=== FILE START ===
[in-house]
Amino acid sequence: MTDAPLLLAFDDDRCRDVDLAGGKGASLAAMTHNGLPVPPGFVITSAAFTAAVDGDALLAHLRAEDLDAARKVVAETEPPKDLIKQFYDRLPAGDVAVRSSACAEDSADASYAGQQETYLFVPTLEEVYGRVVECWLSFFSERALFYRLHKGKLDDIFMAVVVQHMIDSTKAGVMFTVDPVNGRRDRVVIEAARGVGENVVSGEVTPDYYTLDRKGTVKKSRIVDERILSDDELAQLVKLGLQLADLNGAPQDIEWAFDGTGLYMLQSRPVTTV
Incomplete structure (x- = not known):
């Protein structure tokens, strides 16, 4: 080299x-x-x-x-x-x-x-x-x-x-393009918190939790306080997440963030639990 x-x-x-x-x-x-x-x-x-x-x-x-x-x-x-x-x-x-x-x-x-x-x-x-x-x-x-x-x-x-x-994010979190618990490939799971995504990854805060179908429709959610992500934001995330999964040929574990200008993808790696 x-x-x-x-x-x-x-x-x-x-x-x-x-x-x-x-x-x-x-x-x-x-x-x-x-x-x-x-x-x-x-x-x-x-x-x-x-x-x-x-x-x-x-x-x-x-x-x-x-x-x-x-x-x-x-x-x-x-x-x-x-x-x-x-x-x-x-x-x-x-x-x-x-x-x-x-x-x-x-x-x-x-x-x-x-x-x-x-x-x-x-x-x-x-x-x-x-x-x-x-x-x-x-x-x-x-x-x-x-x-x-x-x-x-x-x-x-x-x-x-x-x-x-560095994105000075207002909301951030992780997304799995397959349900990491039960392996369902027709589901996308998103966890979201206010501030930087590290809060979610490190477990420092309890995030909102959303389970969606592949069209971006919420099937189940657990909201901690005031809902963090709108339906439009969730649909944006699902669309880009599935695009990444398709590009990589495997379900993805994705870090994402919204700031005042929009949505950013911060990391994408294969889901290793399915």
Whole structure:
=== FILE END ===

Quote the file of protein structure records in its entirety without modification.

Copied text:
[in-house]
Amino acid sequence: MTDAPLLLAFDDDRCRDVDLAGGKGASLAAMTHNGLPVPPGFVITSAAFTAAVDGDALLAHLRAEDLDAARKVVAETEPPKDLIKQFYDRLPAGDVAVRSSACAEDSADASYAGQQETYLFVPTLEEVYGRVVECWLSFFSERALFYRLHKGKLDDIFMAVVVQHMIDSTKAGVMFTVDPVNGRRDRVVIEAARGVGENVVSGEVTPDYYTLDRKGTVKKSRIVDERILSDDELAQLVKLGLQLADLNGAPQDIEWAFDGTGLYMLQSRPVTTV
Incomplete structure (x- = not known):
């Protein structure tokens, strides 16, 4: 080299x-x-x-x-x-x-x-x-x-x-393009918190939790306080997440963030639990 x-x-x-x-x-x-x-x-x-x-x-x-x-x-x-x-x-x-x-x-x-x-x-x-x-x-x-x-x-x-x-994010979190618990490939799971995504990854805060179908429709959610992500934001995330999964040929574990200008993808790696 x-x-x-x-x-x-x-x-x-x-x-x-x-x-x-x-x-x-x-x-x-x-x-x-x-x-x-x-x-x-x-x-x-x-x-x-x-x-x-x-x-x-x-x-x-x-x-x-x-x-x-x-x-x-x-x-x-x-x-x-x-x-x-x-x-x-x-x-x-x-x-x-x-x-x-x-x-x-x-x-x-x-x-x-x-x-x-x-x-x-x-x-x-x-x-x-x-x-x-x-x-x-x-x-x-x-x-x-x-x-x-x-x-x-x-x-x-x-x-x-x-x-x-560095994105000075207002909301951030992780997304799995397959349900990491039960392996369902027709589901996308998103966890979201206010501030930087590290809060979610490190477990420092309890995030909102959303389970969606592949069209971006919420099937189940657990909201901690005031809902963090709108339906439009969730649909944006699902669309880009599935695009990444398709590009990589495997379900993805994705870090994402919204700031005042929009949505950013911060990391994408294969889901290793399915």
Whole structure: